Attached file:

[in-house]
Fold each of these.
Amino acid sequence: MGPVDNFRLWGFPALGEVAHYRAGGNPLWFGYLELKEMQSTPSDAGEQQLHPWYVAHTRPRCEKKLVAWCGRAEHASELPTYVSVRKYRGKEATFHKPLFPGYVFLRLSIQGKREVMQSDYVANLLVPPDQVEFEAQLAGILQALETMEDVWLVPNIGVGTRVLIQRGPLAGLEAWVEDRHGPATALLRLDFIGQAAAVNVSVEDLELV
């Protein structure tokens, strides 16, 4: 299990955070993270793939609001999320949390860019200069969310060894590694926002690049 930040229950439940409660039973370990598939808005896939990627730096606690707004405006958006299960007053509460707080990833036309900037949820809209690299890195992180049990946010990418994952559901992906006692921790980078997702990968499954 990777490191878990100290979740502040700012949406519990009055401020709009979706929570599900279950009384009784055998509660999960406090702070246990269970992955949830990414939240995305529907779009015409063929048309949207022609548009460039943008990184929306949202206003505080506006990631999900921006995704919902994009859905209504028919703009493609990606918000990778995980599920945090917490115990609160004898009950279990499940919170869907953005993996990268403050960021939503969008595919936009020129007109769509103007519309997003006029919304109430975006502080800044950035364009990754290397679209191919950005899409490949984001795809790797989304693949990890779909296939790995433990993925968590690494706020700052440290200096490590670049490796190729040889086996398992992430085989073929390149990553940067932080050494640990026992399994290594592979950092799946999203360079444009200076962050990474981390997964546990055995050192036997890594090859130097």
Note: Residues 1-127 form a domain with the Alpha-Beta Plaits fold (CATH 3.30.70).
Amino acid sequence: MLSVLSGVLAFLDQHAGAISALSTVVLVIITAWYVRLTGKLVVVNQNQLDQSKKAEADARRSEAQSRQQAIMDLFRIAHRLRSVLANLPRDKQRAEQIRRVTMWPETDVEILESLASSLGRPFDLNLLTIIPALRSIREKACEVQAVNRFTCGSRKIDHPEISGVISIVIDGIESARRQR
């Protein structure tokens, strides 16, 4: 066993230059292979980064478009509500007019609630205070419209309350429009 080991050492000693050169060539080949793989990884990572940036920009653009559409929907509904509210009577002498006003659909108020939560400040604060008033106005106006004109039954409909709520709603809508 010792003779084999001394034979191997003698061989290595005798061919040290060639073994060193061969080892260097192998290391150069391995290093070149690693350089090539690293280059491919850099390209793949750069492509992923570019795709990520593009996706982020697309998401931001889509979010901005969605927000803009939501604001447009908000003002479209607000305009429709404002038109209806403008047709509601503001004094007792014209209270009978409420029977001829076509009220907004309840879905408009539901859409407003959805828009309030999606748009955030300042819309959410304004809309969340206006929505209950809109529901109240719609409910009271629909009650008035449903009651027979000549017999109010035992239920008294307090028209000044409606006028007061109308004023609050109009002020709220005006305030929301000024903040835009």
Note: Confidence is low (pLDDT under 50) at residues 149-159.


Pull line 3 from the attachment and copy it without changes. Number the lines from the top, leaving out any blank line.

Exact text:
Amino acid sequence: MGPVDNFRLWGFPALGEVAHYRAGGNPLWFGYLELKEMQSTPSDAGEQQLHPWYVAHTRPRCEKKLVAWCGRAEHASELPTYVSVRKYRGKEATFHKPLFPGYVFLRLSIQGKREVMQSDYVANLLVPPDQVEFEAQLAGILQALETMEDVWLVPNIGVGTRVLIQRGPLAGLEAWVEDRHGPATALLRLDFIGQAAAVNVSVEDLELV